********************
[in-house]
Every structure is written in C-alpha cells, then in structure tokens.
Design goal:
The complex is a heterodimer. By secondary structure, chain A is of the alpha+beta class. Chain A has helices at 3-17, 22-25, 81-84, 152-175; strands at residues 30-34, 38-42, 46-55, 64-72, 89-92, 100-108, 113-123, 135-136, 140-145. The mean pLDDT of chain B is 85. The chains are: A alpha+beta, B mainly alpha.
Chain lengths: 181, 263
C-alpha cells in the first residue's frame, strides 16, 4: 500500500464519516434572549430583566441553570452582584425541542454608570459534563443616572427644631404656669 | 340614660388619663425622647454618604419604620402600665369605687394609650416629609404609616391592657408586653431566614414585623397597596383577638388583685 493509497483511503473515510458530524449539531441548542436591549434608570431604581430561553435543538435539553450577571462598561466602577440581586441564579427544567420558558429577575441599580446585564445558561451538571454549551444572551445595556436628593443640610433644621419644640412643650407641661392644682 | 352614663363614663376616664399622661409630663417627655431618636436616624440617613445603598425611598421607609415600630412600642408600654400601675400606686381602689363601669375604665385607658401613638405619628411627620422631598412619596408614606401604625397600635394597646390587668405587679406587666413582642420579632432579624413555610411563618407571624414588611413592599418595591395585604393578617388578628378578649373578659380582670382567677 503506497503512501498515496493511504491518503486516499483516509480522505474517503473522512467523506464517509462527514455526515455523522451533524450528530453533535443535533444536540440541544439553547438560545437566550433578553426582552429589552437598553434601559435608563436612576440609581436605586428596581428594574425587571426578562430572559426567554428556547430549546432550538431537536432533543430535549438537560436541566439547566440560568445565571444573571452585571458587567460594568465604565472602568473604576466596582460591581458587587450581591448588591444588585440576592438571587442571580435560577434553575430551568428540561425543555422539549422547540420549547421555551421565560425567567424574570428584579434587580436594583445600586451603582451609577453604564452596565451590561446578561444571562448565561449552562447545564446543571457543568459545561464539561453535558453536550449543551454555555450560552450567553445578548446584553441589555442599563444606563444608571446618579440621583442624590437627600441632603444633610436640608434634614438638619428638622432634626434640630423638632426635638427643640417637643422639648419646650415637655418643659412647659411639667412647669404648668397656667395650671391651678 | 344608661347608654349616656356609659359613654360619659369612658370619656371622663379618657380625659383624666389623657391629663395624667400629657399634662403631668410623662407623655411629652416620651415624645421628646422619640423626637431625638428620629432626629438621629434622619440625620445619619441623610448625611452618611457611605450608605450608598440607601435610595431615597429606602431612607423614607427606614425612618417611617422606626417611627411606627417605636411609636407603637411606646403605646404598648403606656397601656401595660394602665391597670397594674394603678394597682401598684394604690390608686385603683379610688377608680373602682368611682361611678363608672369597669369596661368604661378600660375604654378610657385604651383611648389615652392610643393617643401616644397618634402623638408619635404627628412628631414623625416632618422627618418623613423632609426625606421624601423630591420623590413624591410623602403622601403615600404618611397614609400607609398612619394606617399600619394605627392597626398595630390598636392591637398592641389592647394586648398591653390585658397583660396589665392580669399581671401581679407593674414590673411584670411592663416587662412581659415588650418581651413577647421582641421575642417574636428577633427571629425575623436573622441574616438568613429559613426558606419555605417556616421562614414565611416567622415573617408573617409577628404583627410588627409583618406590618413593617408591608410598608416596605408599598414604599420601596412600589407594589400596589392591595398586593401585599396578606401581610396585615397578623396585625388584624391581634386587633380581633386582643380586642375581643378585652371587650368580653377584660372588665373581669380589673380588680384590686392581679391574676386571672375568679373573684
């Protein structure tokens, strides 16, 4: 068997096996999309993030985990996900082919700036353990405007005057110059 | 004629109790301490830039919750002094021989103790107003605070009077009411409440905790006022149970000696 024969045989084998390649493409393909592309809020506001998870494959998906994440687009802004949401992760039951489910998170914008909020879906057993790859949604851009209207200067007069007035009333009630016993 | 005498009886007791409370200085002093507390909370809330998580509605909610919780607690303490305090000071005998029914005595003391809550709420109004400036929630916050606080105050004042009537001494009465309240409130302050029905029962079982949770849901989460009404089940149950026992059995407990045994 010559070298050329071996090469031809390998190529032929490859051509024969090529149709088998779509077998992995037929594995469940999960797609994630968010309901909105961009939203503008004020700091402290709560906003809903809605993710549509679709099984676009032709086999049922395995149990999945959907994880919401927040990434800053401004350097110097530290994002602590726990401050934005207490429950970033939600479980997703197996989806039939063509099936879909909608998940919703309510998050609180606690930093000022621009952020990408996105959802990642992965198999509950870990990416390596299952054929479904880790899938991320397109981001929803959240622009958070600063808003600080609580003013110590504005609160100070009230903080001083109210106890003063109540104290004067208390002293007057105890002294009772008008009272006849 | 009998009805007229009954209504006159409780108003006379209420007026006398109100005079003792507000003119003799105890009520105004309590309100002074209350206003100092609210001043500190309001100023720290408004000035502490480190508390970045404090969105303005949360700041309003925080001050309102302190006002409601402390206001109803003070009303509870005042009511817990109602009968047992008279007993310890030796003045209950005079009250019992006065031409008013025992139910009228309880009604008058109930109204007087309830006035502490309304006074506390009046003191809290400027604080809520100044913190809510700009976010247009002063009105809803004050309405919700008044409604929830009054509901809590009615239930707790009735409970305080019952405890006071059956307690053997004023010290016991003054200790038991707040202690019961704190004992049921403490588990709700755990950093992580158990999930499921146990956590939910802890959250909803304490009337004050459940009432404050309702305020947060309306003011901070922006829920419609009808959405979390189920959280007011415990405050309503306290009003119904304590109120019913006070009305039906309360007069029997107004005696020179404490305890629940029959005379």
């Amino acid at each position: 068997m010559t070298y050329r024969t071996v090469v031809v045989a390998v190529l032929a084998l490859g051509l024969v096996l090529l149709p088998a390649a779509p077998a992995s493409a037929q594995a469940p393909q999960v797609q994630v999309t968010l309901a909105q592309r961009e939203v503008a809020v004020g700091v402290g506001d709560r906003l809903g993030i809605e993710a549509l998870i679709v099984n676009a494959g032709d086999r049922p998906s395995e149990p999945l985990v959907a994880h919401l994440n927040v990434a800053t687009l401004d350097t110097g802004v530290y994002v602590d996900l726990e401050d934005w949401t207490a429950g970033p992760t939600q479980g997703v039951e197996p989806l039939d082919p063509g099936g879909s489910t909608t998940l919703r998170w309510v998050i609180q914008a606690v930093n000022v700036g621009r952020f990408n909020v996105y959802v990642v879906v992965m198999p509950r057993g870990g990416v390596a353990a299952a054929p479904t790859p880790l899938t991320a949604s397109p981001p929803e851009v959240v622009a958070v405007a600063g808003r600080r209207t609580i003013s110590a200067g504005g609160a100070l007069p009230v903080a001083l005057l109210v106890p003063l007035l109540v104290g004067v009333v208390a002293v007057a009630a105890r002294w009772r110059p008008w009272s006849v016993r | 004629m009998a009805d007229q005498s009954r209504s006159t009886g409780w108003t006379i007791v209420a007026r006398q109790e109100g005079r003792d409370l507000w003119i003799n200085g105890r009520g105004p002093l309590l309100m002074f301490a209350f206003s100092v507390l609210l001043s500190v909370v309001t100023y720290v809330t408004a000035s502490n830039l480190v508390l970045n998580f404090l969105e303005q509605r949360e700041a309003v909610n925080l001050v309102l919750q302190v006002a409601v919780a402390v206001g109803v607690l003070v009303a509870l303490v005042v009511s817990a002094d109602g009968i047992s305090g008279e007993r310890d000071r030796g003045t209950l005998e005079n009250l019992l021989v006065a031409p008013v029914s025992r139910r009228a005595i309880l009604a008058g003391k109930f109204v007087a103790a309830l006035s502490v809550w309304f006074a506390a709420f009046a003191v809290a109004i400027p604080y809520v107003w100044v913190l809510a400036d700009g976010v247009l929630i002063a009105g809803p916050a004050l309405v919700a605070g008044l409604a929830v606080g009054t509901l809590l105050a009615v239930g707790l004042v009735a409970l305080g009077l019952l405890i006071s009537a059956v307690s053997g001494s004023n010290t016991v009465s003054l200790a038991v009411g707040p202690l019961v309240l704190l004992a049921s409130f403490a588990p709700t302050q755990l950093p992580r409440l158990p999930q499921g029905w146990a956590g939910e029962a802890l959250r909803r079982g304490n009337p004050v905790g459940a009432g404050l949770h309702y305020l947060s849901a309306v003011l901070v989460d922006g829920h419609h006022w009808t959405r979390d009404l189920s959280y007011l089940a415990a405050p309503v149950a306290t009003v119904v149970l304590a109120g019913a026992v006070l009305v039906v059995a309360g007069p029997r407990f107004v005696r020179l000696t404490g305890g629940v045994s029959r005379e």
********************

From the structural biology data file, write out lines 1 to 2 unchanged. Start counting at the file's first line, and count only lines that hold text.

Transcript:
[in-house]
Every structure is written in C-alpha cells, then in structure tokens.